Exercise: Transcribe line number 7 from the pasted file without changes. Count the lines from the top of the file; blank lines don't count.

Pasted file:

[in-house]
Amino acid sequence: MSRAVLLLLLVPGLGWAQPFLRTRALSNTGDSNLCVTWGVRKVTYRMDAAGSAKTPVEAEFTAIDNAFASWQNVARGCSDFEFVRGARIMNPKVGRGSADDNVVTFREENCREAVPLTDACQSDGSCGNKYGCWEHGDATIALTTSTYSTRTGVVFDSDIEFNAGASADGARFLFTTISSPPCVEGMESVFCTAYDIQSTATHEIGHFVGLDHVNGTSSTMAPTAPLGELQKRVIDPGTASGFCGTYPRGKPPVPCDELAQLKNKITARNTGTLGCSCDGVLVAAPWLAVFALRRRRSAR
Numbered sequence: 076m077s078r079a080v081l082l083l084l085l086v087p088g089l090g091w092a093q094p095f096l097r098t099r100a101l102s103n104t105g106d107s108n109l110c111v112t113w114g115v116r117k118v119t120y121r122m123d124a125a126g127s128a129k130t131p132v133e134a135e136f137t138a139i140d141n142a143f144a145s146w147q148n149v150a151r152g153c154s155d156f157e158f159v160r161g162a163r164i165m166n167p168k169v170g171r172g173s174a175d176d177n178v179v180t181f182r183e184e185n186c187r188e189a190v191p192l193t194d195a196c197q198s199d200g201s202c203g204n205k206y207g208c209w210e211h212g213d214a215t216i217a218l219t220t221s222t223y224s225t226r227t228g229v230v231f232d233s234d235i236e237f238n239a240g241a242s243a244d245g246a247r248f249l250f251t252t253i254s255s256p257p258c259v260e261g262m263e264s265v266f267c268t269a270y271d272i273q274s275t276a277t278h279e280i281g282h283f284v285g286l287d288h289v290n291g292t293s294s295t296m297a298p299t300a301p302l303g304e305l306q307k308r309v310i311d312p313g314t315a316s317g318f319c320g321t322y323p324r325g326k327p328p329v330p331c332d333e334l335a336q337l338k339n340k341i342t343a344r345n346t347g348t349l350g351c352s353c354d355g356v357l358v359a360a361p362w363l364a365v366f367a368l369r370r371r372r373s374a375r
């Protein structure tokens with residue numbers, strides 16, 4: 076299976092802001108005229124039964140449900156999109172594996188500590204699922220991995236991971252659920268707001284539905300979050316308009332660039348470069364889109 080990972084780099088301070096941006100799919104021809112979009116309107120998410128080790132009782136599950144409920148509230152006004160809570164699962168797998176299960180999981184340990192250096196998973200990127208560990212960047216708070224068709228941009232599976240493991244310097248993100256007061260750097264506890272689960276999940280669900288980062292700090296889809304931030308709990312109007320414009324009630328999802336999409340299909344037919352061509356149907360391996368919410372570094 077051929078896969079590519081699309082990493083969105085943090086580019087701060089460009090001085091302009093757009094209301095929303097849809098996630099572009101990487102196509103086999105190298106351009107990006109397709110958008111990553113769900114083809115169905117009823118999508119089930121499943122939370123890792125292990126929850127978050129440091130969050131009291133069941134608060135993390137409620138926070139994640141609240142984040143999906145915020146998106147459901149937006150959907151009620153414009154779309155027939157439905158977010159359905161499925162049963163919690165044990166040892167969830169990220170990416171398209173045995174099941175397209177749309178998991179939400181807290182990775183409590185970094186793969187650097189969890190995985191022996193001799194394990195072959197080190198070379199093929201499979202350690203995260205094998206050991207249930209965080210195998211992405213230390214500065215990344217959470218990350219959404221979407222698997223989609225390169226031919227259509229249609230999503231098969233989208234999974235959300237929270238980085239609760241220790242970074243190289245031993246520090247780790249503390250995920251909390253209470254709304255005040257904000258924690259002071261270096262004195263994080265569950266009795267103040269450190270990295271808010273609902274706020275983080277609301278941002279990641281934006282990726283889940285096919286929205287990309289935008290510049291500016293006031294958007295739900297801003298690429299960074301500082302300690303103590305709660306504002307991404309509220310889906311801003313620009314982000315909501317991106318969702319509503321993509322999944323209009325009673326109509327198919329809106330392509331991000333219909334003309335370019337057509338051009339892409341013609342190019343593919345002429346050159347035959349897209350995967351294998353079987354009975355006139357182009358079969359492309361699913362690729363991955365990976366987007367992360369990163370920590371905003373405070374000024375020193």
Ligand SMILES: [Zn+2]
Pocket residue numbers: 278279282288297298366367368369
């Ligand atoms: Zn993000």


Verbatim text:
């Ligand atoms: Zn993000």